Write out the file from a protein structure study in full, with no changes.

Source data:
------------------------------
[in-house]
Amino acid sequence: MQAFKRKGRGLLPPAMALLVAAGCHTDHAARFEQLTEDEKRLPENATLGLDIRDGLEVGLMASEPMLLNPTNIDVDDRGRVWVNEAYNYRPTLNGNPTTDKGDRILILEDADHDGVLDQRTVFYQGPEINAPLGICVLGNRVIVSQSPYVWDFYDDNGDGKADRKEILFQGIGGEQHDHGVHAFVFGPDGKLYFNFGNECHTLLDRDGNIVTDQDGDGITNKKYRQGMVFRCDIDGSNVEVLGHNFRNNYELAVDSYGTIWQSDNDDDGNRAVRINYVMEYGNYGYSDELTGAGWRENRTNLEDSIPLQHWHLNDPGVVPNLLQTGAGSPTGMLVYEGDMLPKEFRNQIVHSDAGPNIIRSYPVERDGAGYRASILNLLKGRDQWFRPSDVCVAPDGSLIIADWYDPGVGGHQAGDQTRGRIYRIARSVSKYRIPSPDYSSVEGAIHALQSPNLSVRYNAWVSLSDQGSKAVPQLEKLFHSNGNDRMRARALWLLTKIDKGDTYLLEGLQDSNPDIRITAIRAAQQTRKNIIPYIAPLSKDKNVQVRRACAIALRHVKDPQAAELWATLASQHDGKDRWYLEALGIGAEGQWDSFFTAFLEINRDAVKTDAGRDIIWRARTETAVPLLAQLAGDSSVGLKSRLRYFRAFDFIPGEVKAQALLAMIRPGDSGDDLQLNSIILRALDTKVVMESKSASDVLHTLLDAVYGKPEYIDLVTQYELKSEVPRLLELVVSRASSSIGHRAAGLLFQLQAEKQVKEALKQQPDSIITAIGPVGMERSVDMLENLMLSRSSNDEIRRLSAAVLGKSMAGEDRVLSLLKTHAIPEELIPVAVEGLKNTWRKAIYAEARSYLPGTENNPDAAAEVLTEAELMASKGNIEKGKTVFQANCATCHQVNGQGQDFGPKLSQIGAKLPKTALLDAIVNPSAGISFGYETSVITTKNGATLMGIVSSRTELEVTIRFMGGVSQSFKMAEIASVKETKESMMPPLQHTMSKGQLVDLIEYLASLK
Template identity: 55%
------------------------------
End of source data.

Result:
[in-house]
Amino acid sequence: MQAFKRKGRGLLPPAMALLVAAGCHTDHAARFEQLTEDEKRLPENATLGLDIRDGLEVGLMASEPMLLNPTNIDVDDRGRVWVNEAYNYRPTLNGNPTTDKGDRILILEDADHDGVLDQRTVFYQGPEINAPLGICVLGNRVIVSQSPYVWDFYDDNGDGKADRKEILFQGIGGEQHDHGVHAFVFGPDGKLYFNFGNECHTLLDRDGNIVTDQDGDGITNKKYRQGMVFRCDIDGSNVEVLGHNFRNNYELAVDSYGTIWQSDNDDDGNRAVRINYVMEYGNYGYSDELTGAGWRENRTNLEDSIPLQHWHLNDPGVVPNLLQTGAGSPTGMLVYEGDMLPKEFRNQIVHSDAGPNIIRSYPVERDGAGYRASILNLLKGRDQWFRPSDVCVAPDGSLIIADWYDPGVGGHQAGDQTRGRIYRIARSVSKYRIPSPDYSSVEGAIHALQSPNLSVRYNAWVSLSDQGSKAVPQLEKLFHSNGNDRMRARALWLLTKIDKGDTYLLEGLQDSNPDIRITAIRAAQQTRKNIIPYIAPLSKDKNVQVRRACAIALRHVKDPQAAELWATLASQHDGKDRWYLEALGIGAEGQWDSFFTAFLEINRDAVKTDAGRDIIWRARTETAVPLLAQLAGDSSVGLKSRLRYFRAFDFIPGEVKAQALLAMIRPGDSGDDLQLNSIILRALDTKVVMESKSASDVLHTLLDAVYGKPEYIDLVTQYELKSEVPRLLELVVSRASSSIGHRAAGLLFQLQAEKQVKEALKQQPDSIITAIGPVGMERSVDMLENLMLSRSSNDEIRRLSAAVLGKSMAGEDRVLSLLKTHAIPEELIPVAVEGLKNTWRKAIYAEARSYLPGTENNPDAAAEVLTEAELMASKGNIEKGKTVFQANCATCHQVNGQGQDFGPKLSQIGAKLPKTALLDAIVNPSAGISFGYETSVITTKNGATLMGIVSSRTELEVTIRFMGGVSQSFKMAEIASVKETKESMMPPLQHTMSKGQLVDLIEYLASLK
Template identity: 55%